Lead from Jobs and Hobbies

Children and adults can be at risk of lead exposure through the jobs and hobbies that some adults have.

hildren and adults can be at risk of lead exposure through the jobs and hobbies that some adults have.
hildren and adults can be at risk of lead exposure through the jobs and hobbies that some adults have.

The following are common jobs and hobbies that may increase your risk of lead exposure:

  • Renovating and painting
  • Mining
  • Smelting
  • Battery recycling
  • Refinishing old furniture
  • Auto body work
  • Working with stock cars (weights used in stock cars)
  • Hunting (shot and reloading lead ammunition)
  • Fishing (fishing sinkers and jigs)
  • Stained glass (came and solder)
  • Making pottery (dyes and glazes)

When an adult takes part in these jobs and hobbies, they increase their personal risk through the possibility of breathing in or swallowing lead dust during their work or touching food and then eating it without thoroughly washing their hands.

Plus, adults can bring lead dust into the home on shoes, hands and clothes, putting children in the home at risk for exposure as well.

You can limit lead contamination in your home by taking the following steps:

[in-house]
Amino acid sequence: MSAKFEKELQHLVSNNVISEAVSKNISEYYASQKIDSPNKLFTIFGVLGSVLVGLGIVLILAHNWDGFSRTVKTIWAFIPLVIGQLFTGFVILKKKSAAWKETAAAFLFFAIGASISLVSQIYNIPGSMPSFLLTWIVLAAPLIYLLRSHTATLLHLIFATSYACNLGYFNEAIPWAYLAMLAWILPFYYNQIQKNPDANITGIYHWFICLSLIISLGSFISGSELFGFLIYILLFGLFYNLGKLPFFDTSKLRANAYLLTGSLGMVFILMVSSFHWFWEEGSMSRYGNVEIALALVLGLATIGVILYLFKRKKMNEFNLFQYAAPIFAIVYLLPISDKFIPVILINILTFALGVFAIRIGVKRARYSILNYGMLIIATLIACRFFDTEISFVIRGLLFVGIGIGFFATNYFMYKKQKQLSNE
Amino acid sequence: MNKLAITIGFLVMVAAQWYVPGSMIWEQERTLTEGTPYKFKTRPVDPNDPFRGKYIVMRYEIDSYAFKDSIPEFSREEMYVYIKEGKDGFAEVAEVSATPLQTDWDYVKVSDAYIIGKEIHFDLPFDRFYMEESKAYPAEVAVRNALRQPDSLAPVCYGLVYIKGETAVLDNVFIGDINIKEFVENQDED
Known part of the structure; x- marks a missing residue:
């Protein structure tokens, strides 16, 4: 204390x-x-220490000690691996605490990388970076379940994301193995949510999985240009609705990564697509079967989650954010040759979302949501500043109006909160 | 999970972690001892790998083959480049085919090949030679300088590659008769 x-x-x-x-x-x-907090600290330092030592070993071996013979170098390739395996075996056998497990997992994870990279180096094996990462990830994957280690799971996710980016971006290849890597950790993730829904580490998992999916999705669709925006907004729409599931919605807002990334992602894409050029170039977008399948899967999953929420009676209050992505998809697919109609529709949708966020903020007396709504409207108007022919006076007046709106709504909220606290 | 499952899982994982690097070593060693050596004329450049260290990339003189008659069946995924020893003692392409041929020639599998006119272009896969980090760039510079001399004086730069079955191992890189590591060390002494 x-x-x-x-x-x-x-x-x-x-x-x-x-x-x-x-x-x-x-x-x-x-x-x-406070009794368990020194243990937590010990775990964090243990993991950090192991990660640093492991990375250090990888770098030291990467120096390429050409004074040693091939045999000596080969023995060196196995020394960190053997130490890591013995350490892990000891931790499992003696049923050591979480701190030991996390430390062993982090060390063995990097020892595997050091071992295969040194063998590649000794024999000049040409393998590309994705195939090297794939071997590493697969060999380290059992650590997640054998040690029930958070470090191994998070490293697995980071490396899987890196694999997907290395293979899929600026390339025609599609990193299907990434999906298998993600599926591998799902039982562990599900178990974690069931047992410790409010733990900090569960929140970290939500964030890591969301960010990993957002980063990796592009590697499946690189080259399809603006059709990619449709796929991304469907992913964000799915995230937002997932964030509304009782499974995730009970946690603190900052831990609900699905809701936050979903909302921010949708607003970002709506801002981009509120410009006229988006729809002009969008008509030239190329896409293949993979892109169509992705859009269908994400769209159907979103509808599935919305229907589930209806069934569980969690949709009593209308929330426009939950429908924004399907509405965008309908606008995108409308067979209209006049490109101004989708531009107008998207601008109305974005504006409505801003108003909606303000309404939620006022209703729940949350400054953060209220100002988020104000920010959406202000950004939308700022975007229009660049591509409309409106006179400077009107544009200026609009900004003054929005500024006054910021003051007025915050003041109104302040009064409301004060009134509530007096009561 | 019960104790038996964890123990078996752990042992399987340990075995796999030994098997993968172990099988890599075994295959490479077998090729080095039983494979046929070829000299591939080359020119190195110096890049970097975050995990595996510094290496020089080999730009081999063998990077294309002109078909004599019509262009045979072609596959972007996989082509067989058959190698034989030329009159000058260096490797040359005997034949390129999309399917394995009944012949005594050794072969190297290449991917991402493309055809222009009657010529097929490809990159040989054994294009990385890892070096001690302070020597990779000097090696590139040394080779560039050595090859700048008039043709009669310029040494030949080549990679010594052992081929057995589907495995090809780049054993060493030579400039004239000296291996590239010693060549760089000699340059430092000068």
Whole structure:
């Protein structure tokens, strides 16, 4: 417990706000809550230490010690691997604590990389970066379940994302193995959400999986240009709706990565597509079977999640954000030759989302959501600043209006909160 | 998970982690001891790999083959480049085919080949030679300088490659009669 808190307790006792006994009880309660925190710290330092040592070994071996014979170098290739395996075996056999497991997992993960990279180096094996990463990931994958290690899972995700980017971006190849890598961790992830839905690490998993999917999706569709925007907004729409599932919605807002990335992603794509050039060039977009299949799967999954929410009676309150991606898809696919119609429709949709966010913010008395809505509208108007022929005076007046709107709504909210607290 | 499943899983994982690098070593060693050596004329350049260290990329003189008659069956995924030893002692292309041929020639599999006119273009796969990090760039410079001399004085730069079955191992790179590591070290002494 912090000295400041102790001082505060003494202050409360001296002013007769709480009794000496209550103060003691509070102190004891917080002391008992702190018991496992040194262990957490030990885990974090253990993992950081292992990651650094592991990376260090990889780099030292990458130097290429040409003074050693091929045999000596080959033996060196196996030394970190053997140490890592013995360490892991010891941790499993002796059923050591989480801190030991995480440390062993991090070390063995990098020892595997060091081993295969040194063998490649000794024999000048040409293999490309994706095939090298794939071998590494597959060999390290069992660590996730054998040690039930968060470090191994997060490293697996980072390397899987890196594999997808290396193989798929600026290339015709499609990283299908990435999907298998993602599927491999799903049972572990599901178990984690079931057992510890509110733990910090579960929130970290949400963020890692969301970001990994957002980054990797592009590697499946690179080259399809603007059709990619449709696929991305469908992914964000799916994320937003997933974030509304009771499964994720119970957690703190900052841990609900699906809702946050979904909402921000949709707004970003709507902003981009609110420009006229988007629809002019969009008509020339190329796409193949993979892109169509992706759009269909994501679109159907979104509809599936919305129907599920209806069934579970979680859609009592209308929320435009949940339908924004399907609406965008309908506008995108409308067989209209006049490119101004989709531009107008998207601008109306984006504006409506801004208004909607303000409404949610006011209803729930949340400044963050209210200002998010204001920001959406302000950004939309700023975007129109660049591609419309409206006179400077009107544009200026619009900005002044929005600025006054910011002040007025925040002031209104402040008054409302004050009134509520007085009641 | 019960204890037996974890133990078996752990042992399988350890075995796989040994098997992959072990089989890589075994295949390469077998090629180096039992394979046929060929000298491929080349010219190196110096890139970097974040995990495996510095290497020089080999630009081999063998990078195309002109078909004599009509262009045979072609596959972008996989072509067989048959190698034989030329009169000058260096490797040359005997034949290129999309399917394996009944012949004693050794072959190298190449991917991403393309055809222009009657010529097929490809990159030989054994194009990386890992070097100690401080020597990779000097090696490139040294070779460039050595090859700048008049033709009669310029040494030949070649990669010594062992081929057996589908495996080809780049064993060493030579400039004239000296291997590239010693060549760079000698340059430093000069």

• Do not put leaded items in your mouth (fishing sinkers, etc.)
  • Wash your hands before eating or drinking
  • Avoid touching your face while working with lead materials
  • Change your clothes before going into your home
  • Take off your shoes before going into your home
  • Wash work clothes separately from other laundry
  • After washing lead-contaminated clothing and removing them from the machine, run the rinse cycle once before using the washing machine again
  • Work with lead in a well-ventilated area outside of the home
  • Follow lead-safe work practices at your job

Resources

MI LEAD SAFE - JOBS AND HOBBIES

Learn how to prevent lead exposure through jobs and hobbies at the State of Michigan’s MI Lead Safe website.
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